Protecting against environmental hazards from mines

Managing environment impacts from mining
Fossil fuels, metals, and other minerals must not be extracted at a faster pace than their slow redeposit in the earth's crust.
The location of mining facilities is subject to geological prospectivity and is not dependent on free choice or proximity of markets. Accordingly, large-scale mines are designed for specific sites and the environmental effects are governed by site-specific factors such as the nature of the land: plain, mountains, hills, location of rivers, access to sea; climate: rainy, arid; transportation infrastructure: rivers, roads, railways; population: dense settlement, relatively unpopulated, urban; land-use: agriculturally industrial, infrastructure settlements, water protection area, rainforest, pasture.

The environmental effects of mining tend to increase both in geographical scope and intensity as exploration, extraction and metallurgical processing advance progressively. The exploration phase, including mapping, geophysical and geochemical surveys and drilling, produces only minor environmental effects such as clearing of trees for drilling sites, camps, access roads, sinking of pits, holes and shafts, and can be handled by relatively simple rules ensuring that no lasting danger or damage remains.

The mining or extraction phase involves more intensive operations but the impact is localized. Subsidence is a well known problem of underground mining, specially coal mining. The environmental impact decreases with the distance from the mining source. However, modern large-volume low-grade mining uses only a very small percentage of mined ores. The disposal of overburden can cause major environmental problems such as sedimentation of rivers (which can extend to hundreds of kilometres) and the sea. Acid drainage from tailings dumps and the accidental overflow of water charged with poisonous chemicals, in particular cyanide used for leaching gold can cause local, regional and in some cases cross-border pollution, leading to damage to the ecosystem and the human habitat. Sulphide ore, which constitutes a considerable amount of ores mined, can liberate large quantities of sulphur dioxide (SO2) during processing. This produces sulphur trioxide in the atmosphere and sulphuric acid in water, contributing to acid rain and deterioration of cultural monuments. Some base metal ores also contain toxic substances such as cadmium, lead and mercury, and leachate from tailings can cause severe poisoning. Further, coal mining releases considerable amounts of methane' which is considered a major cause of greenhouse effects.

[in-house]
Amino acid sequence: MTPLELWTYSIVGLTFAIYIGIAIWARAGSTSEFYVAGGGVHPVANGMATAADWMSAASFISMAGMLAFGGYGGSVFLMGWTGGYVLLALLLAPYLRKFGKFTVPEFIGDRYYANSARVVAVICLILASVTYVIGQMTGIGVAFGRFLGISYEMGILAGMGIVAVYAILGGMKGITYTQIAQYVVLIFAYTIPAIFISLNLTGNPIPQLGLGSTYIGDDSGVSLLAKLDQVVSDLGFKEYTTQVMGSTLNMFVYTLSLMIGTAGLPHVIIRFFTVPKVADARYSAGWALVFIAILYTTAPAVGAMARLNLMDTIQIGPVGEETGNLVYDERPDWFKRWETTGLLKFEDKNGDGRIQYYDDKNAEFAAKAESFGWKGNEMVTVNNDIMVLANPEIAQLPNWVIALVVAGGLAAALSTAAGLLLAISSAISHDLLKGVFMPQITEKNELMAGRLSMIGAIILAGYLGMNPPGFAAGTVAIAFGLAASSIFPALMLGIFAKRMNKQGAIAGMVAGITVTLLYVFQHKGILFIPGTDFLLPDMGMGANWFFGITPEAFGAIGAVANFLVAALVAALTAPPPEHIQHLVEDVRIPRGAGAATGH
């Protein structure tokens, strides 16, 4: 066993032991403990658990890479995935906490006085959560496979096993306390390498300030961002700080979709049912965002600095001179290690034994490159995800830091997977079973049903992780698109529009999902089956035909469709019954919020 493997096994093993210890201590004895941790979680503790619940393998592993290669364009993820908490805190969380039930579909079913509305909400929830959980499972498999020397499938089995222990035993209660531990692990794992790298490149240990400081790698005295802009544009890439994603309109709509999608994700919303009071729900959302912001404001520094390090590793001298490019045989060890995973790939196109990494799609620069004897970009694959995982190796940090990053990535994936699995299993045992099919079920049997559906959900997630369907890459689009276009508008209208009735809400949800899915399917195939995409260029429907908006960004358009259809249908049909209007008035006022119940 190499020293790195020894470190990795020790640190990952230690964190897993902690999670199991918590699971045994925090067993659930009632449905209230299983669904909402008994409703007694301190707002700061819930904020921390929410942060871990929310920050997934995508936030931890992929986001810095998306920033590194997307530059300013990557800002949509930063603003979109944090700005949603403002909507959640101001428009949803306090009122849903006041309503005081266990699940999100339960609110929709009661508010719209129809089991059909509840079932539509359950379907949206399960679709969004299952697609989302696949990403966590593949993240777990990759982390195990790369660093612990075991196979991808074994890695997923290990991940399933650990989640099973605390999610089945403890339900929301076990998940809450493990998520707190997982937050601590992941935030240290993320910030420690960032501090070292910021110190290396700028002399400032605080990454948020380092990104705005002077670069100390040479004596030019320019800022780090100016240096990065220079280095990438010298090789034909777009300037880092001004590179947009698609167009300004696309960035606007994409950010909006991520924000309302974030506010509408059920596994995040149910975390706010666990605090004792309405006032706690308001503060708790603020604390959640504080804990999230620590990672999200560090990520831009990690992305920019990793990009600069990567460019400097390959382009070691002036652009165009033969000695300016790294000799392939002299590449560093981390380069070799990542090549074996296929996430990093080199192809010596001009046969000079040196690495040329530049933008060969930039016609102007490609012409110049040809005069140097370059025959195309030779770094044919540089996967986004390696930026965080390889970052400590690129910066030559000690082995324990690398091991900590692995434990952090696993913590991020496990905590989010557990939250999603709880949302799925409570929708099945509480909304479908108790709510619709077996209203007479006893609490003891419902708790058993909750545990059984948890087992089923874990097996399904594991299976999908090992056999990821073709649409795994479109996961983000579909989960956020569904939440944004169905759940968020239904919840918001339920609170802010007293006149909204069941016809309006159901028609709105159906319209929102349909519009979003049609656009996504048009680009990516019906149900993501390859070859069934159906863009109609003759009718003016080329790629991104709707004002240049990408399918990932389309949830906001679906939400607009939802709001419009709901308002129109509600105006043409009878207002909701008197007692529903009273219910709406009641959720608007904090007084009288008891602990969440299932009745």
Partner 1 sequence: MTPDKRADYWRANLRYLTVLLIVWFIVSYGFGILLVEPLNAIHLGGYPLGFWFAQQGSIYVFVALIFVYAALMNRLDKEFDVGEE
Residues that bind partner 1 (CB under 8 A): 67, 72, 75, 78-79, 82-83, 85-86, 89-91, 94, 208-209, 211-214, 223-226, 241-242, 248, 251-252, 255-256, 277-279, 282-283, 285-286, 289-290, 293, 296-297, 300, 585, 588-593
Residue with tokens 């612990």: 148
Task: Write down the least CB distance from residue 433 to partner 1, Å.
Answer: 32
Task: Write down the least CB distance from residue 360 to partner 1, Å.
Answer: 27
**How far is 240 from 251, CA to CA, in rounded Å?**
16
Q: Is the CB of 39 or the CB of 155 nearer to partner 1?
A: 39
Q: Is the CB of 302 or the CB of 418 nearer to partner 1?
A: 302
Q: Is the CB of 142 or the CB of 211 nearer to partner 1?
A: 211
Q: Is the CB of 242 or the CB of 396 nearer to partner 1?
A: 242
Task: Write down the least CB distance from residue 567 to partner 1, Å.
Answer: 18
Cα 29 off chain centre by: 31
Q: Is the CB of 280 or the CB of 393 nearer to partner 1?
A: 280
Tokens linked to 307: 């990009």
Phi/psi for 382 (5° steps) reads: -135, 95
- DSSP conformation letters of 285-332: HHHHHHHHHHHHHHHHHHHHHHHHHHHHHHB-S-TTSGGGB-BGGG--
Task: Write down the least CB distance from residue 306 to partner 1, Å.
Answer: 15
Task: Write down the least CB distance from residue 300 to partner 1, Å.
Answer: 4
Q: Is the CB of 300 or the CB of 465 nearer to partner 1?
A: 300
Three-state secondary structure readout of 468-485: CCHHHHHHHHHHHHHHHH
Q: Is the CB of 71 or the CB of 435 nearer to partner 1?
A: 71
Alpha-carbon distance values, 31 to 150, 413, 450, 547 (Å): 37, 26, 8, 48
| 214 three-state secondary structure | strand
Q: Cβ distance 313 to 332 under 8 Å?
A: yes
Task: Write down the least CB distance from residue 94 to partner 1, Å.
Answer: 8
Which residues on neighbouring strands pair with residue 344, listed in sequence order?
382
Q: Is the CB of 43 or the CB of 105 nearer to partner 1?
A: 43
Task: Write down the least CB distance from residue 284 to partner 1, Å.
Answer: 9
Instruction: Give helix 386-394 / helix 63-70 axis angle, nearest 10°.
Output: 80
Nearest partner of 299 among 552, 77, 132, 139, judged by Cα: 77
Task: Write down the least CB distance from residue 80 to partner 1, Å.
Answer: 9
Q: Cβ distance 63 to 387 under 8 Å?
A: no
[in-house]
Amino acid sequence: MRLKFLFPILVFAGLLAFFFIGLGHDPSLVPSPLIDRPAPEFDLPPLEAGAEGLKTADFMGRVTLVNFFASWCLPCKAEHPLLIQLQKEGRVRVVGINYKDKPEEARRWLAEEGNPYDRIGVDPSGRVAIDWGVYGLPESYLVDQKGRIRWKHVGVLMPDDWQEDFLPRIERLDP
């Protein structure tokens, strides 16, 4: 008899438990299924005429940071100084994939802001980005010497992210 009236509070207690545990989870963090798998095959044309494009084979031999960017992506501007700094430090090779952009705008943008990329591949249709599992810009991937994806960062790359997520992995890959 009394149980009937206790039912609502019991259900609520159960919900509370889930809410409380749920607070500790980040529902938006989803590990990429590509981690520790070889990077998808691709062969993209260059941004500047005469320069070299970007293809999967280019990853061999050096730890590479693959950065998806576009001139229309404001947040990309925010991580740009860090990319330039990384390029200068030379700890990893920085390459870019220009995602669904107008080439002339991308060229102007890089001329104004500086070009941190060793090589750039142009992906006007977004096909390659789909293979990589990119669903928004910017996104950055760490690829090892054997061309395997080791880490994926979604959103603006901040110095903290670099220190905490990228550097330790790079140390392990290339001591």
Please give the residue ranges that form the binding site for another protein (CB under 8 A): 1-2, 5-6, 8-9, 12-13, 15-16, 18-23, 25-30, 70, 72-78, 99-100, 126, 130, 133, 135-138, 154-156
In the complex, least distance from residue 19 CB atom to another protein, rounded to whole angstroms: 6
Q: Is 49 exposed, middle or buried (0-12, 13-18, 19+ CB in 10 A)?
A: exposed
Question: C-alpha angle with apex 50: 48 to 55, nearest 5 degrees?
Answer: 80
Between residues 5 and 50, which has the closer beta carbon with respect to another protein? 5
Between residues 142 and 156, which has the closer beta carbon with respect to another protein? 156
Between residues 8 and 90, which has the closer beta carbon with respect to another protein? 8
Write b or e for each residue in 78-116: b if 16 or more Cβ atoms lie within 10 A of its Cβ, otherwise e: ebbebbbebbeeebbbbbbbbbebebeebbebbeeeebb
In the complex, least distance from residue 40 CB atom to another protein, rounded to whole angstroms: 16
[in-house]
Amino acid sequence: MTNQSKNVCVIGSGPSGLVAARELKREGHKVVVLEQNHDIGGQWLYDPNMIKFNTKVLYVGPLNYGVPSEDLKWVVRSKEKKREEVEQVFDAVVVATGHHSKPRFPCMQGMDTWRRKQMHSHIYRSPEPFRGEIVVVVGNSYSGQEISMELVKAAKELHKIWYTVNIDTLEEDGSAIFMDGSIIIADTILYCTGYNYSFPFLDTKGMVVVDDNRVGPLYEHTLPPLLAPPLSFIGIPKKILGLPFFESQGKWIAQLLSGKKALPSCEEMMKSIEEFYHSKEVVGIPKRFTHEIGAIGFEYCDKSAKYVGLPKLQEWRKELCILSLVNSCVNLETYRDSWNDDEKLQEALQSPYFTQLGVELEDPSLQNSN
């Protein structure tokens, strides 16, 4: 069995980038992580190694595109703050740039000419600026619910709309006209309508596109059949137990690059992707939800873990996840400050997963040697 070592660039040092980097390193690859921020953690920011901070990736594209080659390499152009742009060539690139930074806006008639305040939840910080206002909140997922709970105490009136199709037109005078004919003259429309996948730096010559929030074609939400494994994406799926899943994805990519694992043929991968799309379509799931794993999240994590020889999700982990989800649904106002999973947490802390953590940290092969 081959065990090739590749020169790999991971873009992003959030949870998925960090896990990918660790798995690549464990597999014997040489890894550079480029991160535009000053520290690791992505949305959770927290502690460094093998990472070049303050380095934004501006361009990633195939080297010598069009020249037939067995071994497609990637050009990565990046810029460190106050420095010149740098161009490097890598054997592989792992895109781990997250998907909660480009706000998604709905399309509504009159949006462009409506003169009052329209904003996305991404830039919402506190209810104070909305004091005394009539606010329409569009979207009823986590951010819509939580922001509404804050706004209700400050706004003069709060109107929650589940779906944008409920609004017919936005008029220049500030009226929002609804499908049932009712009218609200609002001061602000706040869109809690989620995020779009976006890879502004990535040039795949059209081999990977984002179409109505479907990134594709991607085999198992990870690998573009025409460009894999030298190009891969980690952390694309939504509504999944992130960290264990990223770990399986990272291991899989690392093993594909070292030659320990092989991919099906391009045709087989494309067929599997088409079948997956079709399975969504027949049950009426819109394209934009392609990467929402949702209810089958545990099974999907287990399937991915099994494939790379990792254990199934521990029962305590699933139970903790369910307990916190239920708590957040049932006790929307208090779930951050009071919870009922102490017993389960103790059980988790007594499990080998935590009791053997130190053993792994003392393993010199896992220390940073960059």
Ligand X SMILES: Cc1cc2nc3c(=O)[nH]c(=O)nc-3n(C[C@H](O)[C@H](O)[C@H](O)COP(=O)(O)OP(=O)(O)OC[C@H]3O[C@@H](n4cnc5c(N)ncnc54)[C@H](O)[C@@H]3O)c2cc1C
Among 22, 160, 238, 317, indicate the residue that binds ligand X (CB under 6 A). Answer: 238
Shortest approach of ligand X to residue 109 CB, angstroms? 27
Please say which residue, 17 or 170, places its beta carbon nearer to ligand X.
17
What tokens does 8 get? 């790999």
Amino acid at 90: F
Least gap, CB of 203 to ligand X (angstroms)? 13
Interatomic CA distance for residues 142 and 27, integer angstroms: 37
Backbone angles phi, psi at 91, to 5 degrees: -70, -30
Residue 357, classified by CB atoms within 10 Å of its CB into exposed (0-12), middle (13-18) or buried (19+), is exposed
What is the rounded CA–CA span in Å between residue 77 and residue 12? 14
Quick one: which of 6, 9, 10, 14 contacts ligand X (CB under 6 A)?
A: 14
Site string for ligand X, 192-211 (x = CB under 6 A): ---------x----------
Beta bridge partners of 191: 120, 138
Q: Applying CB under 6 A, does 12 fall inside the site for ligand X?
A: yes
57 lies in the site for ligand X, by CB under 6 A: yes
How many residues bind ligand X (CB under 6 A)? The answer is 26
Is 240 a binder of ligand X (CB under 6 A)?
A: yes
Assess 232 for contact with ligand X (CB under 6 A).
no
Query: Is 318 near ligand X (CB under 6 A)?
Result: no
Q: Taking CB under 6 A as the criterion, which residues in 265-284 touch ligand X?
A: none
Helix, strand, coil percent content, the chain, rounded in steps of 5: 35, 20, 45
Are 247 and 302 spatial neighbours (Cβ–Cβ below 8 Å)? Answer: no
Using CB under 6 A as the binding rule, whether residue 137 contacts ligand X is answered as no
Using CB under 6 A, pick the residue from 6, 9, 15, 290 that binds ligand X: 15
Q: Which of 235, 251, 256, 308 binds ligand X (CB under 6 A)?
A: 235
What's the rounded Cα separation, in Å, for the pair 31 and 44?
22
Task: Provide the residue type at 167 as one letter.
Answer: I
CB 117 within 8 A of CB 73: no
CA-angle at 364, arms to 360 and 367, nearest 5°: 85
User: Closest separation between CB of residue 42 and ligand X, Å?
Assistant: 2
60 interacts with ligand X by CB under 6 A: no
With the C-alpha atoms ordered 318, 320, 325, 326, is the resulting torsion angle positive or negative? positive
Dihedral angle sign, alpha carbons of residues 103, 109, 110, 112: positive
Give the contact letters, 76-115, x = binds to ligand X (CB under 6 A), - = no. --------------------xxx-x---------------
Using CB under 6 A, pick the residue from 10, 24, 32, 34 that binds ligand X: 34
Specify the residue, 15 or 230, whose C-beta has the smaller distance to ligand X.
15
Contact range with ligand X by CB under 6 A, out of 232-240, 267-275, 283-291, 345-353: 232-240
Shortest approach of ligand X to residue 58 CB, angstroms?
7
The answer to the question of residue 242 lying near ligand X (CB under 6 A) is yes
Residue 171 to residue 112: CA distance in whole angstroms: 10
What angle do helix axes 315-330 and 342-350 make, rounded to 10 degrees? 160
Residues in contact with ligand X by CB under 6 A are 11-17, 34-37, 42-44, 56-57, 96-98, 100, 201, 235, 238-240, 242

The main environmental degradation generated by the mining industry takes place at the metallurgical stage, mainly in smelting and refining. These industrial processes create air pollution by release of carbon monoxide (CO) and oxides of nitrogen and sulphur (NOx and SOx), water pollution through discharge of process water tailings and hazardous waste generated as residues in metallurgical processes. Mitigation of such environmental effects is possible through better process design, incorporation of anti-pollution devices such as filters and scrubbers and programmes to minimize and manage hazardous wastes. Anti-pollution devices used in metallurgy are identified as the largest element in environmental costs both in the form of capital investment and operational expenditure.

A recent study in the Asia Pacific region revealed that there is great environmental awareness in the ESCAP region and that future mining activities which involve conflicting uses of land and traditional mining practices will not be acceptable. Furthermore, socioeconomic, cultural and religious factors will have to be addressed more seriously. Land use conflicts between the mining industry and agriculture and other industries emerge as a major issue and in some cases constitute an impediment even at the early stages of mineral exploration and mine construction.
Type Classification:
E: Emanations of other strategies